In this article, the relation between firms’ engagement in apprenticeship training and two important economic preferences, i.e. the decision maker’s altruism and time preference, is analyzed. Firstly, the relation between these two preferences and a firm’s decision to provide apprenticeship places (extensive margin) is examined. Secondly, for firms that train, the effect on the amount of investments in apprenticeship training (intensive margin) is analyzed. The results show that the degree of altruism of a decision maker is positively, albeit weakly significant, associated to the probability to provide apprenticeship places as well as substantially related to the amount of investments in apprenticeship training. Time preferences are not related to the training decision (extensive margin) but significantly related to the amount of investments in training.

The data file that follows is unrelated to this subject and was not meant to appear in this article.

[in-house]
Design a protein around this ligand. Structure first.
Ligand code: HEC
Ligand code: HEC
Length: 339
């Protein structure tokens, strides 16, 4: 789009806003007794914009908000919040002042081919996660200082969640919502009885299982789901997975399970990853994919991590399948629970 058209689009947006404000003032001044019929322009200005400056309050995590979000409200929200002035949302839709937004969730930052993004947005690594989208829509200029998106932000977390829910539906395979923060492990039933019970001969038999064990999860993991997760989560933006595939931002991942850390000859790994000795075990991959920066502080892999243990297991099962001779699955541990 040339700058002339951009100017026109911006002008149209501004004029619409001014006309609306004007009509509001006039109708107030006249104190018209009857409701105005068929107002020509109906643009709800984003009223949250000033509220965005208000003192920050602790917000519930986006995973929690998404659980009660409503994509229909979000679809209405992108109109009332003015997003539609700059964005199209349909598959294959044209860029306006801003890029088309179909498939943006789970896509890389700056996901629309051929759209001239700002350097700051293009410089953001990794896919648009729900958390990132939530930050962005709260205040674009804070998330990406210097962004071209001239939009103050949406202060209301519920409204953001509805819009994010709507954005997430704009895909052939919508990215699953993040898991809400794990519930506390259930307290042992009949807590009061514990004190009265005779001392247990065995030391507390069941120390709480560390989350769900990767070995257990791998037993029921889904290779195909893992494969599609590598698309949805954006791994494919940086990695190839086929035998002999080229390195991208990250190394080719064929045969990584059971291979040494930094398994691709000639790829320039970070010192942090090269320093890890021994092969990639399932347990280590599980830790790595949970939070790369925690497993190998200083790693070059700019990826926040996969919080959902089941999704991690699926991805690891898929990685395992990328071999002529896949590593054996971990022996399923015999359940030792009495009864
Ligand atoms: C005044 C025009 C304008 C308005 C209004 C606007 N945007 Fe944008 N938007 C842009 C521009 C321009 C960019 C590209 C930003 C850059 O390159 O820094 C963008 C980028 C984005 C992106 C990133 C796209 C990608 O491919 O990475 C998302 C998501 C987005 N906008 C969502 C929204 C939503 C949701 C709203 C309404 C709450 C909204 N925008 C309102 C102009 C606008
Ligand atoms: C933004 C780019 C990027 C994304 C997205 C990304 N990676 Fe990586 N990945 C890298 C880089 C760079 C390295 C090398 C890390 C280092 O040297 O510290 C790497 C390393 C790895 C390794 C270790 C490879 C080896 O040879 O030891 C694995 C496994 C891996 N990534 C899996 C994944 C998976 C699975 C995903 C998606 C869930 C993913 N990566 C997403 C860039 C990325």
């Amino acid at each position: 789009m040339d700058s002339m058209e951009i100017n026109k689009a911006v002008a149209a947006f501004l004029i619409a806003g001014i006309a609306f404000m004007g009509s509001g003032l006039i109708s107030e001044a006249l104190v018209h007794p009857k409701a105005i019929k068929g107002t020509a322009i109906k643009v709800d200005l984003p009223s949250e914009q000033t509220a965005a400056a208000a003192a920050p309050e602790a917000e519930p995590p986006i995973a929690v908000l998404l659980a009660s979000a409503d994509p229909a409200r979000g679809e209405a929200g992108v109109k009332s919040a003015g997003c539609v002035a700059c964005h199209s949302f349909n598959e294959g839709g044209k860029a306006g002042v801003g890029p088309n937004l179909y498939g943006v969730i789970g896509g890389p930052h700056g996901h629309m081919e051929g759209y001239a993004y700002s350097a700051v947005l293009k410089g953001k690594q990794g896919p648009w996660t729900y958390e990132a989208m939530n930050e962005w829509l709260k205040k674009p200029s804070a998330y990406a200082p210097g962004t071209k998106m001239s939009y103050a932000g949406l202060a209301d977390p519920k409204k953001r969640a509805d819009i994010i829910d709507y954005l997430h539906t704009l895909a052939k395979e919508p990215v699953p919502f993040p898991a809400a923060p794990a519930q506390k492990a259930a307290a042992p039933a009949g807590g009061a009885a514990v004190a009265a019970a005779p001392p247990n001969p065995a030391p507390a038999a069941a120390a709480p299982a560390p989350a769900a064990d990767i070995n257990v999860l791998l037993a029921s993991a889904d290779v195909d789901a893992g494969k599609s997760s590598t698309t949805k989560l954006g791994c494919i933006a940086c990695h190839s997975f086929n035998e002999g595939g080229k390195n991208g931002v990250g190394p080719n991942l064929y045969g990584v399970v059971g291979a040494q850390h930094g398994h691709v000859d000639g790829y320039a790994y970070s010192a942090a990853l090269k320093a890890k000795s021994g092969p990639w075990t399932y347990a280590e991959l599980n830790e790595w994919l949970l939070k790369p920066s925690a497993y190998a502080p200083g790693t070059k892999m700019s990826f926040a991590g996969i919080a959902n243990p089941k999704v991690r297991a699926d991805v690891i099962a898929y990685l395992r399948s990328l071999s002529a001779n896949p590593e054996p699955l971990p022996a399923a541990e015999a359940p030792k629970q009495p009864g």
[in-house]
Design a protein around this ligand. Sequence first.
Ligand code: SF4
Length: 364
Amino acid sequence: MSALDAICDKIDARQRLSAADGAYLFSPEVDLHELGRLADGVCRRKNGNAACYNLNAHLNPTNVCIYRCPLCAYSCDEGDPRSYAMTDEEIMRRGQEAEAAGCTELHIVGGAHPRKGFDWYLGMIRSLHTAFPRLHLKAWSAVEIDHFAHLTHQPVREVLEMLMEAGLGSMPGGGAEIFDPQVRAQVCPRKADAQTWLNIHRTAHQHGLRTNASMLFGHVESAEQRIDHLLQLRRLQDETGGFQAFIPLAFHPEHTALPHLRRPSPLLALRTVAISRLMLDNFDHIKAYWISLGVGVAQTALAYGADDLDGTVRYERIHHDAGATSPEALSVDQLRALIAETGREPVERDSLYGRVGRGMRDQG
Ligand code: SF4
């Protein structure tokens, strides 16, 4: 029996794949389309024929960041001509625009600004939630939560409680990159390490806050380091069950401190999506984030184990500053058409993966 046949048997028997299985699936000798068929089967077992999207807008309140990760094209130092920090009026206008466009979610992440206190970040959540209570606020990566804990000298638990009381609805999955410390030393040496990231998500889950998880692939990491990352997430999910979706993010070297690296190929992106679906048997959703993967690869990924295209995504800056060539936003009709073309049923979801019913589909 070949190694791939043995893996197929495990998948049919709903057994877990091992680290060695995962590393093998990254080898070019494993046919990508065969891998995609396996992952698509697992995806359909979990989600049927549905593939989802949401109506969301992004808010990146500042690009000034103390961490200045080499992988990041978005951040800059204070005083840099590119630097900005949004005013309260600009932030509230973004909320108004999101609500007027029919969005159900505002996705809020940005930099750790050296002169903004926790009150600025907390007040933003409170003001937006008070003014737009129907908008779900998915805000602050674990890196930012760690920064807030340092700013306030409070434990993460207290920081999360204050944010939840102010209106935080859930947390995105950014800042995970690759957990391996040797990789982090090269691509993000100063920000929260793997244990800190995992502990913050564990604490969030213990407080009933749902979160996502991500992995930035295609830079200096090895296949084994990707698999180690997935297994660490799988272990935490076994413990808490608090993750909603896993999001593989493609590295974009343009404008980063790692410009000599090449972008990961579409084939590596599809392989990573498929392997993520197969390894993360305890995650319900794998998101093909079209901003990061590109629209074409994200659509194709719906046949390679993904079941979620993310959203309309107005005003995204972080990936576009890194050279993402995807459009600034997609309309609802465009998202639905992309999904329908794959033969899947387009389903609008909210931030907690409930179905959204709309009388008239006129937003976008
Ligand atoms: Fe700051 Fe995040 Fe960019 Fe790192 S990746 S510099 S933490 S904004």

|Series||GSBE Research Memoranda|